Impressively, members of the Omnimaga Texas Instruments programming group even got Doom to play on graphing calculators.
“I’m not saying it was easy, but I didn’t run into difficult issues,” said Xavier Andréani, who ported Doom from a black-and-white calculator to a color calculator in 2012. “The game runs smoothly on all TI-Nspire calculators. There’s no need to overclock [or hack the calculator to run faster].”
The desire to play Doom on everything reached fever pitch when one Inception-minded YouTuber named TheZombieKiller found a way to play Doom inside Doom.
Doom’s Design Legacy
Not only did Doom introduce a renaissance of DIY hardware hacking, but the game also gave many aspiring game designers a stage to shine on.
“Doom, more than any other game, inspired a generation of developers to join the industry,” Kushner said, referring to, among many things, Doom’s innovative WAD “Where’s All the Data” file system.
John Carmack was very forward thinking when he structured the game’s files. Doom’s .wad or WAD, allows players to easily modify the content of a game.
Carmack wanted players to be able to design their own levels, fill them with their own artwork and music, and then share their finished creations with other fans over the internet, which was just coming into its own in the mid ‘90s.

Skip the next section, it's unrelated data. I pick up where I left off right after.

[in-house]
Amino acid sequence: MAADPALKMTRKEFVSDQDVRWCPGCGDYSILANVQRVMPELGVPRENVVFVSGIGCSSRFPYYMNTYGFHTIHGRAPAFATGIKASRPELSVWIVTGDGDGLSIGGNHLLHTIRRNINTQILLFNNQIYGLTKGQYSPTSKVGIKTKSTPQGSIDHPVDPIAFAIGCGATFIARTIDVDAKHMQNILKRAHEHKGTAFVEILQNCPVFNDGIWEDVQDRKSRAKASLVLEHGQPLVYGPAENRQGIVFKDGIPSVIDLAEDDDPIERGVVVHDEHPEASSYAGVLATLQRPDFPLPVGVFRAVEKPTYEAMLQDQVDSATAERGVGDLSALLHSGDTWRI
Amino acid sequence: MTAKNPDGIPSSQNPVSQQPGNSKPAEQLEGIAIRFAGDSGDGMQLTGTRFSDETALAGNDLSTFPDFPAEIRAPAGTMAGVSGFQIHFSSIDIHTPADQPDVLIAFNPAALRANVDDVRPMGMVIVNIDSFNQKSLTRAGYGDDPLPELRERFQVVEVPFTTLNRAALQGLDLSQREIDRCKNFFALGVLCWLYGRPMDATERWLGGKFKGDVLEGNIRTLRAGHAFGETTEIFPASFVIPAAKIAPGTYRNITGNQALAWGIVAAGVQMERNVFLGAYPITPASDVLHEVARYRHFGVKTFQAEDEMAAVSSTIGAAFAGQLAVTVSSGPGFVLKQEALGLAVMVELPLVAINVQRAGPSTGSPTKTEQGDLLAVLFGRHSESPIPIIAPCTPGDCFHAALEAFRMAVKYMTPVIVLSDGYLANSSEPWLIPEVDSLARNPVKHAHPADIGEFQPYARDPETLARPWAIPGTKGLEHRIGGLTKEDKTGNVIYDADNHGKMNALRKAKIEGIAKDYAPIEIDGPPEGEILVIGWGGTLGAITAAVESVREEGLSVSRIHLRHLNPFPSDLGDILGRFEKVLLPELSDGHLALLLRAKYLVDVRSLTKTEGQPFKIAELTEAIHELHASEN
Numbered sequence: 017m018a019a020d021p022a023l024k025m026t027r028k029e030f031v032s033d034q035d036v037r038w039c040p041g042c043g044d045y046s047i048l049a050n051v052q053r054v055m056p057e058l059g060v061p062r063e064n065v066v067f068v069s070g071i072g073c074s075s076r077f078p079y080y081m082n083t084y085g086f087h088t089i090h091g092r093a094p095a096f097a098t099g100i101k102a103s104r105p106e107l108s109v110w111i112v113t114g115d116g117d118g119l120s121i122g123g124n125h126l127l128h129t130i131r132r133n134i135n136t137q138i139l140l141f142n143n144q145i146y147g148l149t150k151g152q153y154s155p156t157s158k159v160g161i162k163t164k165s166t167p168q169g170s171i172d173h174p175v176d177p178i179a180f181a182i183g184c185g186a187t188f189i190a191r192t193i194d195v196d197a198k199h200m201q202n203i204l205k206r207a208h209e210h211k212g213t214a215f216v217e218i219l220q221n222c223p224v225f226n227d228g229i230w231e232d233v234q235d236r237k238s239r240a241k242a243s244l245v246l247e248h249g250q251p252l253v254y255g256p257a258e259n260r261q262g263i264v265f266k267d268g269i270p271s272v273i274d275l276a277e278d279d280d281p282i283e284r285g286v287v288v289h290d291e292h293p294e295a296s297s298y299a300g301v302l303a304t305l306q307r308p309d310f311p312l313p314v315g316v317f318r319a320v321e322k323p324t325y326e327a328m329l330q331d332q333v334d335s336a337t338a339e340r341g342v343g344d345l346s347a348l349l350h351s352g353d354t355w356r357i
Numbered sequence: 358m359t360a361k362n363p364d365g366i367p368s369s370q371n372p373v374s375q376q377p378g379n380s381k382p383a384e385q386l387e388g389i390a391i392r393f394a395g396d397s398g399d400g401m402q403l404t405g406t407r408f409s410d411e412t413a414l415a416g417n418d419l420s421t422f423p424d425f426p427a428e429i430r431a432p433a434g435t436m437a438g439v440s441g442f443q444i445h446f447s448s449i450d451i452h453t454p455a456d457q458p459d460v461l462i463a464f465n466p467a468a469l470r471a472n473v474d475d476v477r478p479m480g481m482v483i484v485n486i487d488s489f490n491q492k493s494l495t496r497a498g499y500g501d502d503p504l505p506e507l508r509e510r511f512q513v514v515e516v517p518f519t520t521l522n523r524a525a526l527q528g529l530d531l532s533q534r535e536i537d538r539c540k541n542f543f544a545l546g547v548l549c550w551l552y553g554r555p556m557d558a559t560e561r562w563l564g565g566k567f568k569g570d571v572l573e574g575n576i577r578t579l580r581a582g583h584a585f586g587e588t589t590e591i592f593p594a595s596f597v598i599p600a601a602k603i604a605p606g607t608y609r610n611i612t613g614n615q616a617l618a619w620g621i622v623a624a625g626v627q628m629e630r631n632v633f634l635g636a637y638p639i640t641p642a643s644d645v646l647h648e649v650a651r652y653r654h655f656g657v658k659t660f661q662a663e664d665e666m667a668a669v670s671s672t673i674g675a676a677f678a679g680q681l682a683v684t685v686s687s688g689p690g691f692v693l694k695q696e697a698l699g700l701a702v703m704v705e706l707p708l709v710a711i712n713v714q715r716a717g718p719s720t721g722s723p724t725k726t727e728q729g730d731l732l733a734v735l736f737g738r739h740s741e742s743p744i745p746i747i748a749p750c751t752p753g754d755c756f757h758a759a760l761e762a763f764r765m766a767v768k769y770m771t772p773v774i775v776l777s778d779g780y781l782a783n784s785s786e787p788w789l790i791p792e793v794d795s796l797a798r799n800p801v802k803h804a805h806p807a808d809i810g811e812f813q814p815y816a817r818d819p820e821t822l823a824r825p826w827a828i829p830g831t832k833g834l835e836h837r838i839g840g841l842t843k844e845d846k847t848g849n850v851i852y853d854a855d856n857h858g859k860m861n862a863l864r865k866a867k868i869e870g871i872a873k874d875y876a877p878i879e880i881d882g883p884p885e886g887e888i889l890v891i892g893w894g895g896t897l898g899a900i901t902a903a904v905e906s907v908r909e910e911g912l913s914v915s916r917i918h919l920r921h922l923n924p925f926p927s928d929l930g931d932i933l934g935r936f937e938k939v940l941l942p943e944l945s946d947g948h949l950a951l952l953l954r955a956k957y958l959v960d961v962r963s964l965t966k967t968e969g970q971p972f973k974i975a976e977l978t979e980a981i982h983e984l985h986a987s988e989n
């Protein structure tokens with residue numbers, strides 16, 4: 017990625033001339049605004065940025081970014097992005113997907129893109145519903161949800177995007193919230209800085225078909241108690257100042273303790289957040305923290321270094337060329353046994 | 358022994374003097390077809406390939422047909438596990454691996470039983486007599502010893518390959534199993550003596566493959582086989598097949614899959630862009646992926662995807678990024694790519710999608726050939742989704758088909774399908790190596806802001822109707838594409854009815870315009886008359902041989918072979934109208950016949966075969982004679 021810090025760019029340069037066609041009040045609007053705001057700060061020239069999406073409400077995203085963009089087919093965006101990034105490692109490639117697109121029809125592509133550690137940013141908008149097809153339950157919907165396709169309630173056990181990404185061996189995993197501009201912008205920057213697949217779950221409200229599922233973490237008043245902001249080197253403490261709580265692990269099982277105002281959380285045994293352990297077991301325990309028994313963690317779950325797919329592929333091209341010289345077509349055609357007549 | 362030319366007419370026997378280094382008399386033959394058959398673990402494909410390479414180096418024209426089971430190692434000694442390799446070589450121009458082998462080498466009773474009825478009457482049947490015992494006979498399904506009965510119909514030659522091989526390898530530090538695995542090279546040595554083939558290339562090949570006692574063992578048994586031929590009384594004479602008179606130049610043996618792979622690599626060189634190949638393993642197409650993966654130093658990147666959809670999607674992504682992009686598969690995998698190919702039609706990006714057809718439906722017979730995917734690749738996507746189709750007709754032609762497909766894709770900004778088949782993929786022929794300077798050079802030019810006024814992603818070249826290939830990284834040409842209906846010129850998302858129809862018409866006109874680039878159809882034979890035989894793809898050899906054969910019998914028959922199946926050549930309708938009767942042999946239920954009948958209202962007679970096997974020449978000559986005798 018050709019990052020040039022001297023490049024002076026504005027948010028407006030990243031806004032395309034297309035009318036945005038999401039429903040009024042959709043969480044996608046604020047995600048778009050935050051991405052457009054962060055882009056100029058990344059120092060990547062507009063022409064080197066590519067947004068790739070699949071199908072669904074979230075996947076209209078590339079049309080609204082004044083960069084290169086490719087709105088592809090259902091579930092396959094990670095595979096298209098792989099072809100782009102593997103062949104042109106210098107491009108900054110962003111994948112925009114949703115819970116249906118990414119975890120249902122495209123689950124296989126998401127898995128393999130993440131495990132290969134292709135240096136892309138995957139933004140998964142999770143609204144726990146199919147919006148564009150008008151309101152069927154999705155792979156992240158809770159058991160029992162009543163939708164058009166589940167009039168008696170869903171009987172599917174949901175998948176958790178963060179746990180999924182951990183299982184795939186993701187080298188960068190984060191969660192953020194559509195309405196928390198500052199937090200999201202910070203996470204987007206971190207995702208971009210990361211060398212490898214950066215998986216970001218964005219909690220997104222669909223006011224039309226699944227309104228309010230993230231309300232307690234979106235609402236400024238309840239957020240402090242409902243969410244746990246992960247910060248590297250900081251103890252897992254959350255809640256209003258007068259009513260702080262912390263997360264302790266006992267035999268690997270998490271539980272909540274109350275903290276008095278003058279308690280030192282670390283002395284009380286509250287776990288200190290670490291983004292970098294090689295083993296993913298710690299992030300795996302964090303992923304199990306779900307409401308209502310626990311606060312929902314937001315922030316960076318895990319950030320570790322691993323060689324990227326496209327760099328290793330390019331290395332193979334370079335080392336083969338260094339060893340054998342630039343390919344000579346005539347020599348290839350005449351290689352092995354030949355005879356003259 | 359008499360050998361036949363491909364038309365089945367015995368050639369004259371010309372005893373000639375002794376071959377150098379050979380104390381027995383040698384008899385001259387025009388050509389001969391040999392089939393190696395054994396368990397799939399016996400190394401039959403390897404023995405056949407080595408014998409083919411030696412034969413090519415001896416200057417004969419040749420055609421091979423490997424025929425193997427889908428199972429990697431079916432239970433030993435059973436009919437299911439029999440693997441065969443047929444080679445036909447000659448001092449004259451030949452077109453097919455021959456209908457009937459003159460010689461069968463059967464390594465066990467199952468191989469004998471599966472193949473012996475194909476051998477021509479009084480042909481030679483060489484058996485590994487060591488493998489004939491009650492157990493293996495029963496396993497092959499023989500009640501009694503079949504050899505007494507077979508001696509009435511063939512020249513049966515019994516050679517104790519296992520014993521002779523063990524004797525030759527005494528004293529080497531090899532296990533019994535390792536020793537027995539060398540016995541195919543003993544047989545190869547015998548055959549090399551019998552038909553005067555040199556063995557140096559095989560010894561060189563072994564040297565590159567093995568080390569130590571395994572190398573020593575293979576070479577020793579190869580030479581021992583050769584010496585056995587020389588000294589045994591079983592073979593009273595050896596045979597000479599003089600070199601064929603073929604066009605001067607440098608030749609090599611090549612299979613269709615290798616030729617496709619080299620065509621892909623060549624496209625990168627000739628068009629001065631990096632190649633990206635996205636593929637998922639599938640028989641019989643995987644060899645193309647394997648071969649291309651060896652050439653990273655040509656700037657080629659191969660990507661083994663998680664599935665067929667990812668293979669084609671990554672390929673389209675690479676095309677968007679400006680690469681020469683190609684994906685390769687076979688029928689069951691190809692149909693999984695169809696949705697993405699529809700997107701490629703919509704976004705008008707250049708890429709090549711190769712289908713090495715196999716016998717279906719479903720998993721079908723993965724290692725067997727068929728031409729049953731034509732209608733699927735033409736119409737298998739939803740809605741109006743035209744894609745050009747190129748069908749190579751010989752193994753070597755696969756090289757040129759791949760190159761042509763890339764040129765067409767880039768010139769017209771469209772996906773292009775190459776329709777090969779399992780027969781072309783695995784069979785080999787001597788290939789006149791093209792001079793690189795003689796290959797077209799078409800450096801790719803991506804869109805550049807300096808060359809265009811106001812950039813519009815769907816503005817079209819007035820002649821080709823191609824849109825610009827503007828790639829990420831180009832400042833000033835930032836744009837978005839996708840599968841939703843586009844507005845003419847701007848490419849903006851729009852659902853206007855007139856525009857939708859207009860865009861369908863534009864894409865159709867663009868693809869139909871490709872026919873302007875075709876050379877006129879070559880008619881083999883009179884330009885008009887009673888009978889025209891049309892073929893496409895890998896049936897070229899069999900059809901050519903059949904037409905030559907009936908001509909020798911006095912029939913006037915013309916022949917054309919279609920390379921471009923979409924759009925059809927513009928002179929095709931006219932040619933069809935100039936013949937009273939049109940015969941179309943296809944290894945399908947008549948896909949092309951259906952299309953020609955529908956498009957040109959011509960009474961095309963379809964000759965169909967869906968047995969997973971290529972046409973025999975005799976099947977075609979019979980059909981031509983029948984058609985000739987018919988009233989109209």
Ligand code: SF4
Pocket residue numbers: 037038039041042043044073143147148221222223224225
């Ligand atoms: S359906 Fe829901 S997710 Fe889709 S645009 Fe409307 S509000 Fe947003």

And share they did.
Even today, the number of games made from Doom’s ingredients remains unprecedented. No one knows for sure how many Doom mods exist, but honest estimates sit at around fifty thousand unique pieces of user-created content.
According to Chris Hecker, a key programmer on Will Wright’s Spore, Doom was also important for designers who didn’t have art or programming chops. He said the game marked the first time these professionals could create and show a demo of their work during a job interview.
Today, the kinds of games people create with Doom run the gamut.
There are brief, kitschy affairs, like Pirate Doom. Or elaborate, full-scale productions that spent years in development, like Beautiful Doom, which made the original Doom an altogether more pleasant experience.
Over at Doomworld, Stine links to something in the neighborhood of 18,000 custom-built Doom games. Annually, the community gives out awards for the best WADs of the year, and there are more than enough honourable mentions.
There is also the Espi, the lifetime achievement award for an outstanding body of Doom user-creation, as it is entirely possible for someone to have spent a lifetime authoring Doom content.
“I think that Doom’s continued success as a creative outlet can be boiled down to the structure of the game itself,” Stine said.
“Doom is incredibly simplistic compared to most modern games. There’s no inventory, no skill tree, no forced stealth segments. So the game itself affords a lot of experimentation and variation because the key elements are so basic.”
With no sign of fans running out of fresh ideas to build on these basics, it looks like Doom will continue to inspire the next generation of creatives who aren’t limited by technology but by the depths of their imaginations.
Photos by id Software.